In today’s day and age, rethinking duty of care is a must for organizations because the majority of your workforce – if they aren’t already – is expected to be mobile by 2020. Moving forward, you must include remote and traveling employees in your safety and security plans. In a recent white paper, Steven M. Crimando, Principal, Behavioral Science Applications, discussed the topic in detail and how it will impact employers and employees. Read on for some key takeaways:

Employers MUST Include Mobile Workers in Safety and Security Programs

“All employers have a Duty of Care to each individual employee, regardless of where they work. Duty of Care is owed to each employee as an individual. Employers must consider opening the umbrella of their safety and security programs wide enough to cover mobile workers wherever they are on the job. Mobile workers should not be at more risk than other employees in an organization. Omitting mobile workers from the organization’s overall safety and security practices program creates a double standard and undermines both the employer’s and employee’s position.”

Duty of Care is a Legal Issue in Many Developed Countries

“Many developed countries are enforcing employer’s Duty of Care by implementing legal statutes along with extensive case law that often sides with the employee. Australia, Belgium, Canada, France, Germany, Netherlands, Spain, U.K. and the U.S. all have some form of employer Duty of Care legislation in place. For example, the United Kingdom passed the Corporate Manslaughter and Corporate Homicide Act of 2007 (Manslaughter Act) which imposes criminal liability on corporations where there is a gross breach of the Duty of Care resulting in a death of a person, such as an employee, person on a work site, a mobile worker or traveler. Since this law was implemented in 2008, there have been 16 cases tried under the Manslaughter Act, with 12 convictions. Employers should keep in mind that the lack of a specific Duty of Care law in a jurisdiction does not necessarily mean there are no legal obligations for organizations in relation to employee health and safety while travelling.”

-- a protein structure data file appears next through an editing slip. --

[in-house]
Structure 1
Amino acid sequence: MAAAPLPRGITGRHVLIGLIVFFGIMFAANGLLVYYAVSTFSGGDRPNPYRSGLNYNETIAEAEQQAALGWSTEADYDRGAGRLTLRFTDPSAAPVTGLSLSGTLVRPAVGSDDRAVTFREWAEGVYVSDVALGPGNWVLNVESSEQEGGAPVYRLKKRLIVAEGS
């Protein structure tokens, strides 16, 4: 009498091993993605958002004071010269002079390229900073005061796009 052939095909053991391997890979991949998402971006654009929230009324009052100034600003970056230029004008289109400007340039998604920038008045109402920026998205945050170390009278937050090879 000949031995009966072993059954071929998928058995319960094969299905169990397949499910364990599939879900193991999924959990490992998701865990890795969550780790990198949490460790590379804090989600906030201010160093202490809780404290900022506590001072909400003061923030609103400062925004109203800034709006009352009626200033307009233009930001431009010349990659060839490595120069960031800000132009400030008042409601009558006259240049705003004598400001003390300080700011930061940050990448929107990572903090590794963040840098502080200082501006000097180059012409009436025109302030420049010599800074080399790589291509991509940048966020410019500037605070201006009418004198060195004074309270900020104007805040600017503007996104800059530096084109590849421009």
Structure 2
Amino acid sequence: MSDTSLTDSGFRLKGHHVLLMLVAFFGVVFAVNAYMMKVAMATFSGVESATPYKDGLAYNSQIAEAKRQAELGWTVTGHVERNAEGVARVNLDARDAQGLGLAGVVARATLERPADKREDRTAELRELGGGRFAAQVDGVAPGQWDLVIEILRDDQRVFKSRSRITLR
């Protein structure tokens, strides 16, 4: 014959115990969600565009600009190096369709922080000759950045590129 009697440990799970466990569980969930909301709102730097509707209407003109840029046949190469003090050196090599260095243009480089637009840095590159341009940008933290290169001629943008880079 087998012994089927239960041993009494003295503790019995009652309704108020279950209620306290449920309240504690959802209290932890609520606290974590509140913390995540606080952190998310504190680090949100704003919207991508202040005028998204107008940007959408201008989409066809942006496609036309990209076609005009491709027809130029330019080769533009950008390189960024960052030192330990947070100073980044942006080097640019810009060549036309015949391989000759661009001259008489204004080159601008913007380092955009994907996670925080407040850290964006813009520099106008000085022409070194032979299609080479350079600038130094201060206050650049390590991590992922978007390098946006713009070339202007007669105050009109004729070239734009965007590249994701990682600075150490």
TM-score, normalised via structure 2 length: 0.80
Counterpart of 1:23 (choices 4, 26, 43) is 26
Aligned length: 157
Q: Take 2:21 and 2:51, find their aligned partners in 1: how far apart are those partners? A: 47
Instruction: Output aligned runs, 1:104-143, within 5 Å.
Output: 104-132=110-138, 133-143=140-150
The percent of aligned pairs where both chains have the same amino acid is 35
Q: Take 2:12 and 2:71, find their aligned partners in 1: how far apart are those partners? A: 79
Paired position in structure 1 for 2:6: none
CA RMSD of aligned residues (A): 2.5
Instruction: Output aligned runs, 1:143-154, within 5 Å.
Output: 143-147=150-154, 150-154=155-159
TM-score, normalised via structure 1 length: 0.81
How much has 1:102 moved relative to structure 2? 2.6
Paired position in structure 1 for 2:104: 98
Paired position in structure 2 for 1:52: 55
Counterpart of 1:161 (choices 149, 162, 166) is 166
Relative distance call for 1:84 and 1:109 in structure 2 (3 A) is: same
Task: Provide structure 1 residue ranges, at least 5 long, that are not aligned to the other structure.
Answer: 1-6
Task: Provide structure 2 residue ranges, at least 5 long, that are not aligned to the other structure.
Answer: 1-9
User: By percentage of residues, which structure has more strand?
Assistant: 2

Employees Must Share the Duty of Care Responsibility

While there are many concerns for employers, the Duty of Care is also considered a shared responsibility; both employer and employee must do their part. Complacency and normalcy bias are often the greatest threats to mobile worker safety. One of the most important steps employees can take to ensure their safety is to adjust their attitudes, beliefs and awareness about the potential for trouble in mobile work settings ranging from home offices to a corner table at a favorite coffee shop. Whether onsite or off, all employees must remember that they should never be passive observers to their own safety.

Access the full document here, “Duty of Care for a Mobile Workforce: Out of Sight Cannot Mean Out of Mind.”

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